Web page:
We have hens, we have geese and we have ducks.
The last thing I wanted was an egg, even if it was chocolate with bon-bons.
Most mornings, some time after dawn, I go down to the boot room and slip on my wellies. When doors are unlocked I march out, in all weathers, to let the hens peck around in their extensive and safe, free- range area.
Living in the countryside is glorious although occasionally there is danger. We also have foxes. Although our wildfowl collection is fenced in, the foxes are crafty sneaks. They dig under and around. They jump in to the secure bird zone and manage to take out everything in sight. I have pondered as to whether there is a supplier of shovels for foxes out there or perhaps courses in how to demolish tame birds at ten paces.
Having let the hens out of their wooden shack, clucking and chirping, I add clean water to the feeder and ensure there’s enough corn, layers’ pellets and the occasional sprinkle of oyster shell. Without oyster shell, we do get a rather soft shelled egg. So soft, it disintegrates on touch.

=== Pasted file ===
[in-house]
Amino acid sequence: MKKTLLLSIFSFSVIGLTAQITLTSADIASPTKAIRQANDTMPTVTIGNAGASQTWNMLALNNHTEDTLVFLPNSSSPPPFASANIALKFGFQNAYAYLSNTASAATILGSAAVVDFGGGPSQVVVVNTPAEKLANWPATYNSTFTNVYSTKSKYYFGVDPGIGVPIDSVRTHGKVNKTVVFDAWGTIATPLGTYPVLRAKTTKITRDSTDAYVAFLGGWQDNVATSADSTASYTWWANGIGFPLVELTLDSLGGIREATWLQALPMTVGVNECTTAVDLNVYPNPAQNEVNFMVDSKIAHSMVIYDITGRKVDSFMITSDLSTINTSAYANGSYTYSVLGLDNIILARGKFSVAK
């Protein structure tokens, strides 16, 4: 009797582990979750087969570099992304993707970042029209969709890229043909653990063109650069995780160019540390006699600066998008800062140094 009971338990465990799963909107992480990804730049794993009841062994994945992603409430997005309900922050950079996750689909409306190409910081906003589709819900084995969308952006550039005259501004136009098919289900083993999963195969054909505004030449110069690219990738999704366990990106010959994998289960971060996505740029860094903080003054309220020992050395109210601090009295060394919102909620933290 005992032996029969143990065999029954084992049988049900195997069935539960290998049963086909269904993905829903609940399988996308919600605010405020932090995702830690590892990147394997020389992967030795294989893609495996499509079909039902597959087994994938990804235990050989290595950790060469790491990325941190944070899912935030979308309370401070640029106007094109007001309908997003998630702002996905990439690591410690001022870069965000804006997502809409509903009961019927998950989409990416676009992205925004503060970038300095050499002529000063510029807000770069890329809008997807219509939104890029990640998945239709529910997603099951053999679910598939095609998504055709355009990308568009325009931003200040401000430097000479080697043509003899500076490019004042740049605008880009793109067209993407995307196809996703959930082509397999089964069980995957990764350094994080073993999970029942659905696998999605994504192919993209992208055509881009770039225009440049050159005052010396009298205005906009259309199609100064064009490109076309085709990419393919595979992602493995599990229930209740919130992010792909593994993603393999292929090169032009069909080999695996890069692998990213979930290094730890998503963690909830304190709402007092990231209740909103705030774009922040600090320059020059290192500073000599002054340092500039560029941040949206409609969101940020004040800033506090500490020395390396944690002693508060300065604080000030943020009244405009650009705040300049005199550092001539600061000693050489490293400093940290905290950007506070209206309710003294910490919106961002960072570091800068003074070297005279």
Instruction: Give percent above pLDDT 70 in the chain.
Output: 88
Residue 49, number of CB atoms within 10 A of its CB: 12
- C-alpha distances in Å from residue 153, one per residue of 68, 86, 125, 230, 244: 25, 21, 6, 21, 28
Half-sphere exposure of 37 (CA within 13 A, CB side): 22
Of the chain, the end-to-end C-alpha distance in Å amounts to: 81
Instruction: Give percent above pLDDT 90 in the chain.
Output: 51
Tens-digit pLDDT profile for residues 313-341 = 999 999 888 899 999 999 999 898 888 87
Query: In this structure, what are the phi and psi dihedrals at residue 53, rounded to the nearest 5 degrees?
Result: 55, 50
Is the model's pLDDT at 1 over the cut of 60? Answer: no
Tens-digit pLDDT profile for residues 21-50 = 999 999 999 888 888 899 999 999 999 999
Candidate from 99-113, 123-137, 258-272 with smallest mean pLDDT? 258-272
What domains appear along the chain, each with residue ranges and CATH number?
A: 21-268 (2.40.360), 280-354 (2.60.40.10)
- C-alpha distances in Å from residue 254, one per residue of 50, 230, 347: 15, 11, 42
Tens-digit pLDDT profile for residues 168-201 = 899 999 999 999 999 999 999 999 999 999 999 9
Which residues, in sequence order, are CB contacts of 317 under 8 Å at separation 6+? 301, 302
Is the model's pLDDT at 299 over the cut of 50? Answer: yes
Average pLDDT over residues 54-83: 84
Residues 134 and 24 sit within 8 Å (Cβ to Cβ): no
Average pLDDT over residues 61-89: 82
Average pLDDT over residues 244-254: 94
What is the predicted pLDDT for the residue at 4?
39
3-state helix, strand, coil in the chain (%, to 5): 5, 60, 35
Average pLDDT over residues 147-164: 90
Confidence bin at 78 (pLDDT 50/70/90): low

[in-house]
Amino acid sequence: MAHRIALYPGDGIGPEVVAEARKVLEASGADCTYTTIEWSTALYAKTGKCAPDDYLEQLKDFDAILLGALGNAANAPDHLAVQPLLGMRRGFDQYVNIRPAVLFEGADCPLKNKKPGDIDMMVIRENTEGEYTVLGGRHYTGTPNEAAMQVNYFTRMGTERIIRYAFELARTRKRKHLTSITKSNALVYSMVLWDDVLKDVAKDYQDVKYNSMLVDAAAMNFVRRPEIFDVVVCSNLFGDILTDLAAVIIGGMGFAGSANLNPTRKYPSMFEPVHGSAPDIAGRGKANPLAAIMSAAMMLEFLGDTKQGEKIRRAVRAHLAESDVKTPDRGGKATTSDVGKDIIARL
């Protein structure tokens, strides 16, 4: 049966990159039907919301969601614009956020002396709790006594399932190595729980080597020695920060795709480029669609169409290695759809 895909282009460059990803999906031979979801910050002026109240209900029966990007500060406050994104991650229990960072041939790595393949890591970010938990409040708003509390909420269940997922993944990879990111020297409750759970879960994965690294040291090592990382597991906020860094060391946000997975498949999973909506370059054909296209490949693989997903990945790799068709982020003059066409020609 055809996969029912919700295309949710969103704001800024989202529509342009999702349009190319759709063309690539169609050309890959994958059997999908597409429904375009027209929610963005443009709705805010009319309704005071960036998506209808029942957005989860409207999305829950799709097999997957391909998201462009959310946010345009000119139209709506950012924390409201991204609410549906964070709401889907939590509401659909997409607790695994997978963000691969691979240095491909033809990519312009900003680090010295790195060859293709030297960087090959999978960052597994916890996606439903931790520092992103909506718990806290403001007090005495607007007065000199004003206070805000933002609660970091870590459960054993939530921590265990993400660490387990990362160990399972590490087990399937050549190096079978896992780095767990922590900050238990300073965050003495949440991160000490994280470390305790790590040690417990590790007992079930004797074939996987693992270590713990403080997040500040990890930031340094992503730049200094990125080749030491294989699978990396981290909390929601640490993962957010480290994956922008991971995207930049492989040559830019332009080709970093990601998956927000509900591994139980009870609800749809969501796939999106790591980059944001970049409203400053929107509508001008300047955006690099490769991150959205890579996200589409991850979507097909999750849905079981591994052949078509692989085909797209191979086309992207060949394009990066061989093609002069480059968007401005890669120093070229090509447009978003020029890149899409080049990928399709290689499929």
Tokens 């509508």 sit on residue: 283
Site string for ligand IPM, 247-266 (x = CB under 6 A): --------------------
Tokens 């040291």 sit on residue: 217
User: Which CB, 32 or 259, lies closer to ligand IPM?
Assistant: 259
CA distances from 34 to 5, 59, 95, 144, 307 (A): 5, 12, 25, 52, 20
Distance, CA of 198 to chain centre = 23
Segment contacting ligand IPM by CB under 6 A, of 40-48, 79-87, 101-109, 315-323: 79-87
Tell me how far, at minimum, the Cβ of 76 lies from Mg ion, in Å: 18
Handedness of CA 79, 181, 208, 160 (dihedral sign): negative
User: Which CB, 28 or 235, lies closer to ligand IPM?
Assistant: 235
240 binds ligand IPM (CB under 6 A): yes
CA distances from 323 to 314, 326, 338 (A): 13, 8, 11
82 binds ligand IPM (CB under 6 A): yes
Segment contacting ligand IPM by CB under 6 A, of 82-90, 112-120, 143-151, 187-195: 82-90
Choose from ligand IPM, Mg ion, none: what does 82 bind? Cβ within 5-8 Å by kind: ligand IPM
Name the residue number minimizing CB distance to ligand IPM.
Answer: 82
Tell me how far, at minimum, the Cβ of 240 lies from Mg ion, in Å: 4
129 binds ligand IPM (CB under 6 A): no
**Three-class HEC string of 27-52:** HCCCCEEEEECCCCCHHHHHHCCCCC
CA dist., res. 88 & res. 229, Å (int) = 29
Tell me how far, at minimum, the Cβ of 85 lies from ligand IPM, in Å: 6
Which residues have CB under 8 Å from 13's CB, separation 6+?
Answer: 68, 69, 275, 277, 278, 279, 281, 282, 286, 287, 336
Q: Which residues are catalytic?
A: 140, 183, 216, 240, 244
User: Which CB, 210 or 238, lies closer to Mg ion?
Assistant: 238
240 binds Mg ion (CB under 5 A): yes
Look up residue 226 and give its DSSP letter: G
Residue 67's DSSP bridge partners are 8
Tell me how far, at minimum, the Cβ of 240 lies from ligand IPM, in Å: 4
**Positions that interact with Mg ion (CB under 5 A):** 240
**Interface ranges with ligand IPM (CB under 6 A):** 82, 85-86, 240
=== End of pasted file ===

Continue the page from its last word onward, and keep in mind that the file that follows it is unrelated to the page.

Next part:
This winter was quite harsh and we’d read a story about porridge. So porridge it was, every other morning. The hens were supposed to stop laying from Bonfire night to Valentine’s day, but no one told the hens and I guess they don’t read the books.
Our eggs are dark brown, speckled brown, pale oyster and blue. The bantams and Pekins lay small eggs, the Burfords and Legbars lay large eggs and as for the ducks, well, it could make your eyes water.
So when it comes to Easter, not more eggs. Let me wear ducks or pheasants. No more eggs. And actually could I pass on the omelette for a weeks too?